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Huang He

Ancient Floods and Recent Water Scarcity

During the winter dry season the Huang He is slow-moving and silt-laden, and occupies only part of its huge bed; with the summer rains, it can become a raging torrent. Since the 2d cent. B.C., the lower Huang He has inundated the surrounding region some 1,500 times and has made nine major changes in its course. In an attempt to halt the Japanese invasion of China in 1938, the Chinese diverted the Huang He south, flooding more than 20,000 sq mi (51,800 sq km) and killing some 900,000 people; it was returned to its present course in 1947.

The Chinese have long sought to control the Huang He by building dikes and overflow channels. Silt deposition, the principal cause of flooding, has elevated the riverbed; in places the river flows 60 to 70 ft (18–21 m) above the surrounding plains. During the summer high-water period, water pressure against the dikes can break through the retaining walls to cause devastating floods, which have led the Huang He to be called "China's Sorrow." In 1955 the Chinese initiated a 50-year construction plan for control of the river. Dikes have been repaired and reinforced, and a series of silt-retaining dams are being constructed to control the upper river, produce electricity, and provide water for irrigation. The People's Victory Canal, a 40-mi-long (64-km) diversion and irrigation channel, connects the Huang He with the Wei River.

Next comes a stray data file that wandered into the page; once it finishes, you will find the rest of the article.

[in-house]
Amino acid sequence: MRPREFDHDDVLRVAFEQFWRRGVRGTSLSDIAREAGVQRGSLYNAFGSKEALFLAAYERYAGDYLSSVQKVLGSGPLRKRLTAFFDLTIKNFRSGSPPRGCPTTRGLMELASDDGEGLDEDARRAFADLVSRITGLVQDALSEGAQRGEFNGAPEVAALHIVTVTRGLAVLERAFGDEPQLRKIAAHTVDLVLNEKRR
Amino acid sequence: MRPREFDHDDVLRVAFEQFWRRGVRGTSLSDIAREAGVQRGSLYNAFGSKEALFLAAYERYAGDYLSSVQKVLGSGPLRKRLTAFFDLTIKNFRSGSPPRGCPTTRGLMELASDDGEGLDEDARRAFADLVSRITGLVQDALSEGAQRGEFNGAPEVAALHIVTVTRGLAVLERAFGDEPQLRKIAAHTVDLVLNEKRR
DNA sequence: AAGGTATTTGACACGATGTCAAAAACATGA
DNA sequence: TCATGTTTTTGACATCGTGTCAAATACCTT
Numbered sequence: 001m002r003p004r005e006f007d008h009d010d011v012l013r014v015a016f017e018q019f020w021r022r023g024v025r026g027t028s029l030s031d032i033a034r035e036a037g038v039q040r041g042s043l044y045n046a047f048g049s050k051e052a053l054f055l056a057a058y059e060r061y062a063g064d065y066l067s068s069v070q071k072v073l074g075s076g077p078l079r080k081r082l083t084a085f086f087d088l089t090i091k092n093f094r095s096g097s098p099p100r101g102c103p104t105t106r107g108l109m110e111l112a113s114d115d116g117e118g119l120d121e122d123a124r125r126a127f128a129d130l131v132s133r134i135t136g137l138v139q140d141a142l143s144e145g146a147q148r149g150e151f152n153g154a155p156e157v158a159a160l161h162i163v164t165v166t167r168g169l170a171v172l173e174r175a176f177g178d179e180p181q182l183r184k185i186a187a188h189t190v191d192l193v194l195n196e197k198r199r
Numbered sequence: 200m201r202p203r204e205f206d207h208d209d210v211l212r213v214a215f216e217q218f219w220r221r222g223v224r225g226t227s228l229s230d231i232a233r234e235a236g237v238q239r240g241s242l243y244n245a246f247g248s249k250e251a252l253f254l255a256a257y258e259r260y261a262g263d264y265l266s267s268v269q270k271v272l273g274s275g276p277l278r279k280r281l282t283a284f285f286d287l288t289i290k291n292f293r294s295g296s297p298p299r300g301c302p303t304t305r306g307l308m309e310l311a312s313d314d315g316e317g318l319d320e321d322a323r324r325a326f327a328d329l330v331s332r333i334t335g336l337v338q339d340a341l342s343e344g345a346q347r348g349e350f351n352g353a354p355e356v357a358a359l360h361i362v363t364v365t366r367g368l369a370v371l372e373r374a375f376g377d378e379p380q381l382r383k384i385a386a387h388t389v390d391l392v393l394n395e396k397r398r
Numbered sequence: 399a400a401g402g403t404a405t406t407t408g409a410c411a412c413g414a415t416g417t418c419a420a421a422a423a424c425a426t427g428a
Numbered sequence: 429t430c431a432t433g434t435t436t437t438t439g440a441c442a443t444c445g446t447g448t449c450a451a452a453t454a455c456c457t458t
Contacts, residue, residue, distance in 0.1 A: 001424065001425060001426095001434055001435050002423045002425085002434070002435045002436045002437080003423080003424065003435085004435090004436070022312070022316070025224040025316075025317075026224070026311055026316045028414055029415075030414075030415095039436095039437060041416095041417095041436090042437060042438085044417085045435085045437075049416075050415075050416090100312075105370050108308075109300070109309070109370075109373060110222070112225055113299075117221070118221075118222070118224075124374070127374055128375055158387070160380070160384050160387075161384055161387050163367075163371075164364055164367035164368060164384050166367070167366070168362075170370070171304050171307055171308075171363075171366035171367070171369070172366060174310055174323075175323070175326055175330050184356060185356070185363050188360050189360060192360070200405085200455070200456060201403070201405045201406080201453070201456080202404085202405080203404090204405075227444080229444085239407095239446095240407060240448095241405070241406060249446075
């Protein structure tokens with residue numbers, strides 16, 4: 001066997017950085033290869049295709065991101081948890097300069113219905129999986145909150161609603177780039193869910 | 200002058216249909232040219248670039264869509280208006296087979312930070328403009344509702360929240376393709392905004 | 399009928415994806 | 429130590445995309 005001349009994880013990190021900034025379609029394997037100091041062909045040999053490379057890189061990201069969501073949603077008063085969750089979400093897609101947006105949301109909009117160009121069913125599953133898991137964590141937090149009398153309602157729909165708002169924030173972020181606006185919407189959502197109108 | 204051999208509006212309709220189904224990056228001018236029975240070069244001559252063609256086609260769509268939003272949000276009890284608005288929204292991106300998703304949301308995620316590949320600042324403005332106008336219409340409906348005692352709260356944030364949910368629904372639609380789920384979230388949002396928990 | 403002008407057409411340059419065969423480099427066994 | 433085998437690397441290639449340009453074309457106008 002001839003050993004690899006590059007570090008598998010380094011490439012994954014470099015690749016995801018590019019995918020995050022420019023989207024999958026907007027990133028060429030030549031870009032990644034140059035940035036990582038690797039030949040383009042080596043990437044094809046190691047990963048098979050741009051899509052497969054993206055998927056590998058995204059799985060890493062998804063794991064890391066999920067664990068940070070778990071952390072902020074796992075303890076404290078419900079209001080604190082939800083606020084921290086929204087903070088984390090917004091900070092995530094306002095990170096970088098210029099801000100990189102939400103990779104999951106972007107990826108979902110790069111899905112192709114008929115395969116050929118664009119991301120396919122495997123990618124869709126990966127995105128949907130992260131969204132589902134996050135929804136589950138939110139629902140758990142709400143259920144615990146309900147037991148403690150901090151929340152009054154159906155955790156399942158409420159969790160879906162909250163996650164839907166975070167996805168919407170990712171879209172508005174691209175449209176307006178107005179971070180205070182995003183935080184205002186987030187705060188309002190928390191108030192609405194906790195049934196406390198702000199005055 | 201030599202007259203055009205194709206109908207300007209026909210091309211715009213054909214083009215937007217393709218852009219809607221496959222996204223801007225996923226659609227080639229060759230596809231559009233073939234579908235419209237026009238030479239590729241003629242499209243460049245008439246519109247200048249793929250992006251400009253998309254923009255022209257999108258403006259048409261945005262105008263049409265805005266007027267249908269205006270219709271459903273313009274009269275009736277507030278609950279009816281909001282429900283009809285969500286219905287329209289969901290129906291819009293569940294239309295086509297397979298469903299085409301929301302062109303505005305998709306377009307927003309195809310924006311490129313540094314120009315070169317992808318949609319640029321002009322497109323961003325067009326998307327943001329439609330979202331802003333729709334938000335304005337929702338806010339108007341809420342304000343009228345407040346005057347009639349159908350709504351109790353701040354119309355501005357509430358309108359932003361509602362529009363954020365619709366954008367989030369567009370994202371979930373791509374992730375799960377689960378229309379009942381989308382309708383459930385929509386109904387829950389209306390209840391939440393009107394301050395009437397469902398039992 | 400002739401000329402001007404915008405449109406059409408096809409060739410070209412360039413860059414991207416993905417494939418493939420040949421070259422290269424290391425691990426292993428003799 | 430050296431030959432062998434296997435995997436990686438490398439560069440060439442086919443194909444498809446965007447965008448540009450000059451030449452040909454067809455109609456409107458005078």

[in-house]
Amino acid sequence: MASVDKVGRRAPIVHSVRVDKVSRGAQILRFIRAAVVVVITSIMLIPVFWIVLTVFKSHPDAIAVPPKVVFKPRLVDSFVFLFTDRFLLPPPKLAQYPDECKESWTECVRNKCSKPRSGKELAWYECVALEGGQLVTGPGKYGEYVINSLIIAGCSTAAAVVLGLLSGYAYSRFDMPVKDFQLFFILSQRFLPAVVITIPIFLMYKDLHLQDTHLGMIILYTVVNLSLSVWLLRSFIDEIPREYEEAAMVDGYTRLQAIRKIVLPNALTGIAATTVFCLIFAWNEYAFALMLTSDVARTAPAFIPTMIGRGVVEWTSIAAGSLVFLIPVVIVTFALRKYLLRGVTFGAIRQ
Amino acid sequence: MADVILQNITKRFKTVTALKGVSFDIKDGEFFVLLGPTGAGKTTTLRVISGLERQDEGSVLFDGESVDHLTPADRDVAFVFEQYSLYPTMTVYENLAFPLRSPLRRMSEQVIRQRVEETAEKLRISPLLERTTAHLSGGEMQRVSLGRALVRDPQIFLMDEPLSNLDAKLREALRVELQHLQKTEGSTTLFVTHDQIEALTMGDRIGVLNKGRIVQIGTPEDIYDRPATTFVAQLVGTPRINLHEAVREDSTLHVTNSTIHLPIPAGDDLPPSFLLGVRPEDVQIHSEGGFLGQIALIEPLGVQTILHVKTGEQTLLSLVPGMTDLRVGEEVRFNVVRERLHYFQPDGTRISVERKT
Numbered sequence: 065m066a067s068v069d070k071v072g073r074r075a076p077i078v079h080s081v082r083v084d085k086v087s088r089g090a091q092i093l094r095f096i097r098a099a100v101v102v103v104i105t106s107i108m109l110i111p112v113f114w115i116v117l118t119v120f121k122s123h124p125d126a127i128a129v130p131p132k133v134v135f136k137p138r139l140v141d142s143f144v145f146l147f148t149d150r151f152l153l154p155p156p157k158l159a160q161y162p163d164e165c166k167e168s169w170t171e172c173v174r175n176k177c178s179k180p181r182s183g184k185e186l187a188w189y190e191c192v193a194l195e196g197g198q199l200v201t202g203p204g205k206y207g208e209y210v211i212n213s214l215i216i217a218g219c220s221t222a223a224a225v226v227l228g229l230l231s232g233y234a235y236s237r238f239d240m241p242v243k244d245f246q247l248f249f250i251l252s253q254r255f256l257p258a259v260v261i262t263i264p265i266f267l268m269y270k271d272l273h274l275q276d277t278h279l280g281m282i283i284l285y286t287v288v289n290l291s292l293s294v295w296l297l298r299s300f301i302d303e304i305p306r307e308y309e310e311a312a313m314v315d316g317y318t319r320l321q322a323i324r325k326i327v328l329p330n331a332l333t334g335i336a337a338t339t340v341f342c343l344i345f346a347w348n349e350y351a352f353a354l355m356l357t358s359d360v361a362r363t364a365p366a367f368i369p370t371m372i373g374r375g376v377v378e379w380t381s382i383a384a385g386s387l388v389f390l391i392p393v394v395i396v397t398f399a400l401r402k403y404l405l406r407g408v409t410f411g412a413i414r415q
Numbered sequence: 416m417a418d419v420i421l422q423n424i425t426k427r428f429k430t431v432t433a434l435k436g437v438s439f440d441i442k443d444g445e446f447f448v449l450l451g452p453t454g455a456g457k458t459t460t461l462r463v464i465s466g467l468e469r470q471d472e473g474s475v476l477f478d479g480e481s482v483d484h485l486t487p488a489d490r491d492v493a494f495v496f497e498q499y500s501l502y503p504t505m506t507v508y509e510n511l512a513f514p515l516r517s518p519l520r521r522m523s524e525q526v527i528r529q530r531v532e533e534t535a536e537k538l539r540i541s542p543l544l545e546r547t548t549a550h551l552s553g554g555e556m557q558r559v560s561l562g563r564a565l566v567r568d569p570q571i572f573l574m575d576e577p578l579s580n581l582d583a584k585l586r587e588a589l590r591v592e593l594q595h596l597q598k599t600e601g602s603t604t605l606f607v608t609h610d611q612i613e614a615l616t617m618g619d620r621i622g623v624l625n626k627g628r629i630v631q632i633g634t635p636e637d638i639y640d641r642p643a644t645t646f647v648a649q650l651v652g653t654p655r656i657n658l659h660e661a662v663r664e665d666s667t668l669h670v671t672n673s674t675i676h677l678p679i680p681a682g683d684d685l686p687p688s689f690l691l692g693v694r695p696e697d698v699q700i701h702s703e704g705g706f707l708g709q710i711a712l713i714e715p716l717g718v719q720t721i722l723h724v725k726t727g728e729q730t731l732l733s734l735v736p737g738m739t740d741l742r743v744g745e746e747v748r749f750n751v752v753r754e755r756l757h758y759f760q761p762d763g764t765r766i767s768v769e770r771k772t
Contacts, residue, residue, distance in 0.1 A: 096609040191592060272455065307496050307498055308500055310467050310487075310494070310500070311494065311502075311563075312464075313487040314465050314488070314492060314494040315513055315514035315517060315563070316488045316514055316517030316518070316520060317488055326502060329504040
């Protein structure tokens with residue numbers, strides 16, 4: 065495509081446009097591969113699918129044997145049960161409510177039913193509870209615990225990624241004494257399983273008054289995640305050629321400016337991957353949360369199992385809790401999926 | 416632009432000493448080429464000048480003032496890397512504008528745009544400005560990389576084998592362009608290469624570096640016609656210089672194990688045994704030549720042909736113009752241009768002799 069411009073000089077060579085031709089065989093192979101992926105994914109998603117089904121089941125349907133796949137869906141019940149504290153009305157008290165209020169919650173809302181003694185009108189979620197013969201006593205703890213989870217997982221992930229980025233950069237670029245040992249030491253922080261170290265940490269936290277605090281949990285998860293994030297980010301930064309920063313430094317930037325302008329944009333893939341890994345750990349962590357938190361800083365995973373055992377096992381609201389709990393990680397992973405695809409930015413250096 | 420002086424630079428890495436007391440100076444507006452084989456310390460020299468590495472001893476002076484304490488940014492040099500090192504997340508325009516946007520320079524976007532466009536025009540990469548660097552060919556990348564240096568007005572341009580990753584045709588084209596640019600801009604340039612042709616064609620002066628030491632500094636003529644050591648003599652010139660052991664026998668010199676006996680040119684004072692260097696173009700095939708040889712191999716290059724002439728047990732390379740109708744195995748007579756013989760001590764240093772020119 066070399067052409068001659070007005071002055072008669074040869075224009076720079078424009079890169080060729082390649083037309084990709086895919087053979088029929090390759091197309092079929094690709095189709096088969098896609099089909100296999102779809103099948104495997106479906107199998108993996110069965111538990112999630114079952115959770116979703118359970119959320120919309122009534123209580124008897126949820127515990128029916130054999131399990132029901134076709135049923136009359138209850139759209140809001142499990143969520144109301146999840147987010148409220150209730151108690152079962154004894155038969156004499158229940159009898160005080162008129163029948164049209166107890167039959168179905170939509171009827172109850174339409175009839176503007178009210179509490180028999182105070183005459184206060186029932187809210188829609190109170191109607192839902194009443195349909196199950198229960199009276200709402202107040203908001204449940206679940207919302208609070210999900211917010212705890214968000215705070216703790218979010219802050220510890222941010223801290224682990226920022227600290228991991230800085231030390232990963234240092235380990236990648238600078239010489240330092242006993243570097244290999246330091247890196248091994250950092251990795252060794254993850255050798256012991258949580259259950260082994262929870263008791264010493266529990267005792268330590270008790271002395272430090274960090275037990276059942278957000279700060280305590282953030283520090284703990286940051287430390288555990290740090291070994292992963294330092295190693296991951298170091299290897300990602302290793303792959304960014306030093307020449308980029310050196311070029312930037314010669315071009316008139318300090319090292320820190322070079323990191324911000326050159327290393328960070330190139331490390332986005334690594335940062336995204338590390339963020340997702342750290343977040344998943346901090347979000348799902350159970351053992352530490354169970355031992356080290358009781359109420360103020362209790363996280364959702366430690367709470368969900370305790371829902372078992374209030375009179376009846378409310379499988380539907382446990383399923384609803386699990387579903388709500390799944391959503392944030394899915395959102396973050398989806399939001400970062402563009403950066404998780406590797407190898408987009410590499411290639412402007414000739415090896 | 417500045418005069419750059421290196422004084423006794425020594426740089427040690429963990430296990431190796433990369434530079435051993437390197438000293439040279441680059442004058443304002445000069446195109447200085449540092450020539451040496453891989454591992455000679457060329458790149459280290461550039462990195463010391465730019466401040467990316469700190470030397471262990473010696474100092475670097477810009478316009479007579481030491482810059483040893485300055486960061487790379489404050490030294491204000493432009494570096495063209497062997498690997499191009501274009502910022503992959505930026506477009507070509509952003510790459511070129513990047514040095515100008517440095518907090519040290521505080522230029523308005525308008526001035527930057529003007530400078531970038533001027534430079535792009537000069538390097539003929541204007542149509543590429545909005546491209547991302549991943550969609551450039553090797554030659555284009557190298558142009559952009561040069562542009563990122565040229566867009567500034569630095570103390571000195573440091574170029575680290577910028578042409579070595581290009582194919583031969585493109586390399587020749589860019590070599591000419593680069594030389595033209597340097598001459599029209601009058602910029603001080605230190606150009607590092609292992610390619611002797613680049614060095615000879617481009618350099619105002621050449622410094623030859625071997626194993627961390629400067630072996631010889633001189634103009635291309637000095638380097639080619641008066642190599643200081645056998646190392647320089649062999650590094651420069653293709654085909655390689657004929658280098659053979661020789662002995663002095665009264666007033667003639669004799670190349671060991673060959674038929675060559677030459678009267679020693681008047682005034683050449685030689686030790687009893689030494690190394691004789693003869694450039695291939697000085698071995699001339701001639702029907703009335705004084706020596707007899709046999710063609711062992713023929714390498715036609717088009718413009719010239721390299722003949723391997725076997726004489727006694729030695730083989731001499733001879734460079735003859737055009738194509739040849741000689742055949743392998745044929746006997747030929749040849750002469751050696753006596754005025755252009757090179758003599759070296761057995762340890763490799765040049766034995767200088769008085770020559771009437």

In recent years, however, extensive use of the river's waters has severely reduced the flow of the Huang He in its lower reaches, and its flow often fails to reach the sea. In 2000 the Chinese government embarked on program to replenish the oversubscribed waters of the Huang He with those of the Chang (Yangtze); three sets of canals would divert water from the upper, middle, and lower Chang. Although the work on the upper (western) diversion routes could take as much as 50 years, much of the work on the other routes is expected to be largely completed by 2014.

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The Columbia Electronic Encyclopedia, 6th ed. Copyright © 2012, Columbia University Press. All rights reserved.

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